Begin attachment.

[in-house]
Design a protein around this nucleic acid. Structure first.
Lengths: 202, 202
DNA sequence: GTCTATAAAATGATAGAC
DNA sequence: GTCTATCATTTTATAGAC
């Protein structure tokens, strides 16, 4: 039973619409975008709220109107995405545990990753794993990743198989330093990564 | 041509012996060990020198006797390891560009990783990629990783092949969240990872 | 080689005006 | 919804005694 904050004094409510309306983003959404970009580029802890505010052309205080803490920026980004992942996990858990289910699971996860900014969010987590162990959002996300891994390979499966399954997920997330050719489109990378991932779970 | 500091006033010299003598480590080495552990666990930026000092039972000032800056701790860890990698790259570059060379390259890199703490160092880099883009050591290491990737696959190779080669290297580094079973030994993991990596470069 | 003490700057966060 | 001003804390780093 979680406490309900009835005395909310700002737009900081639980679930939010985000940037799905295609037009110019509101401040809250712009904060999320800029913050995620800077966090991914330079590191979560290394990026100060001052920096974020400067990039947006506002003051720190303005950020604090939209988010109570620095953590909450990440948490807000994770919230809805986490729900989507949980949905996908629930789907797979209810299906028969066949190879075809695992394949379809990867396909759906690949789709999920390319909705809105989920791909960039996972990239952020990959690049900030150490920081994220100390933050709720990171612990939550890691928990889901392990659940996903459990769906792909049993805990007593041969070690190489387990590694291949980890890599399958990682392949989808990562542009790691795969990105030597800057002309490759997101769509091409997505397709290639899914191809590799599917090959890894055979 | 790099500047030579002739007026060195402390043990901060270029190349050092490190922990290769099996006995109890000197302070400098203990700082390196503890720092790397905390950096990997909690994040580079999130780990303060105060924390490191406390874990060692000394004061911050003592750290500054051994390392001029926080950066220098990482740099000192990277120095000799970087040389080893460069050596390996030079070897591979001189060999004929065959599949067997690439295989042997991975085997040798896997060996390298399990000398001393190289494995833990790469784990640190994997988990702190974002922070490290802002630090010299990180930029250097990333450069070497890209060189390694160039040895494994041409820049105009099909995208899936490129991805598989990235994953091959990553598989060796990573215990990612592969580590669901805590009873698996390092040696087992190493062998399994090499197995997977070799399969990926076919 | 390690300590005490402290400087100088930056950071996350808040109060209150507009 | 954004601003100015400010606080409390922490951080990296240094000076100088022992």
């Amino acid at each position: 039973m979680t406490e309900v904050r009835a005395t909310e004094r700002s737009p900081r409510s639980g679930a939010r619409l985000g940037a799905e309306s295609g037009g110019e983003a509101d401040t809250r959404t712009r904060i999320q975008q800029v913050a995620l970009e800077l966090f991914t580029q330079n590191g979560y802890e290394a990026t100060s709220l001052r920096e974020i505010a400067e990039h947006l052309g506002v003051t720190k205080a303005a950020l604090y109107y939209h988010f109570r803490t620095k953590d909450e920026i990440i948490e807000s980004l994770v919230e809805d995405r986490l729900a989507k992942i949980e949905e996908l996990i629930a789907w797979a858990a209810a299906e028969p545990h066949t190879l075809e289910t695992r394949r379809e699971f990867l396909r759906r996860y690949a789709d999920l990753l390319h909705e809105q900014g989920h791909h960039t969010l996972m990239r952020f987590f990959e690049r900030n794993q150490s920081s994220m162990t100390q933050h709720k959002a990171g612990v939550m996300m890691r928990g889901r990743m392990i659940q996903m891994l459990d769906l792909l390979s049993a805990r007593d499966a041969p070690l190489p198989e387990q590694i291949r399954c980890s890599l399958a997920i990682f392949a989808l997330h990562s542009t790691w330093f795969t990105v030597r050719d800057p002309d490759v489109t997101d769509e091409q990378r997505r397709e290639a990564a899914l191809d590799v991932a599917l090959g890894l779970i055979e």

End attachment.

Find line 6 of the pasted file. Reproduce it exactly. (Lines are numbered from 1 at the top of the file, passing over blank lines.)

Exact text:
């Protein structure tokens, strides 16, 4: 039973619409975008709220109107995405545990990753794993990743198989330093990564 | 041509012996060990020198006797390891560009990783990629990783092949969240990872 | 080689005006 | 919804005694 904050004094409510309306983003959404970009580029802890505010052309205080803490920026980004992942996990858990289910699971996860900014969010987590162990959002996300891994390979499966399954997920997330050719489109990378991932779970 | 500091006033010299003598480590080495552990666990930026000092039972000032800056701790860890990698790259570059060379390259890199703490160092880099883009050591290491990737696959190779080669290297580094079973030994993991990596470069 | 003490700057966060 | 001003804390780093 979680406490309900009835005395909310700002737009900081639980679930939010985000940037799905295609037009110019509101401040809250712009904060999320800029913050995620800077966090991914330079590191979560290394990026100060001052920096974020400067990039947006506002003051720190303005950020604090939209988010109570620095953590909450990440948490807000994770919230809805986490729900989507949980949905996908629930789907797979209810299906028969066949190879075809695992394949379809990867396909759906690949789709999920390319909705809105989920791909960039996972990239952020990959690049900030150490920081994220100390933050709720990171612990939550890691928990889901392990659940996903459990769906792909049993805990007593041969070690190489387990590694291949980890890599399958990682392949989808990562542009790691795969990105030597800057002309490759997101769509091409997505397709290639899914191809590799599917090959890894055979 | 790099500047030579002739007026060195402390043990901060270029190349050092490190922990290769099996006995109890000197302070400098203990700082390196503890720092790397905390950096990997909690994040580079999130780990303060105060924390490191406390874990060692000394004061911050003592750290500054051994390392001029926080950066220098990482740099000192990277120095000799970087040389080893460069050596390996030079070897591979001189060999004929065959599949067997690439295989042997991975085997040798896997060996390298399990000398001393190289494995833990790469784990640190994997988990702190974002922070490290802002630090010299990180930029250097990333450069070497890209060189390694160039040895494994041409820049105009099909995208899936490129991805598989990235994953091959990553598989060796990573215990990612592969580590669901805590009873698996390092040696087992190493062998399994090499197995997977070799399969990926076919 | 390690300590005490402290400087100088930056950071996350808040109060209150507009 | 954004601003100015400010606080409390922490951080990296240094000076100088022992």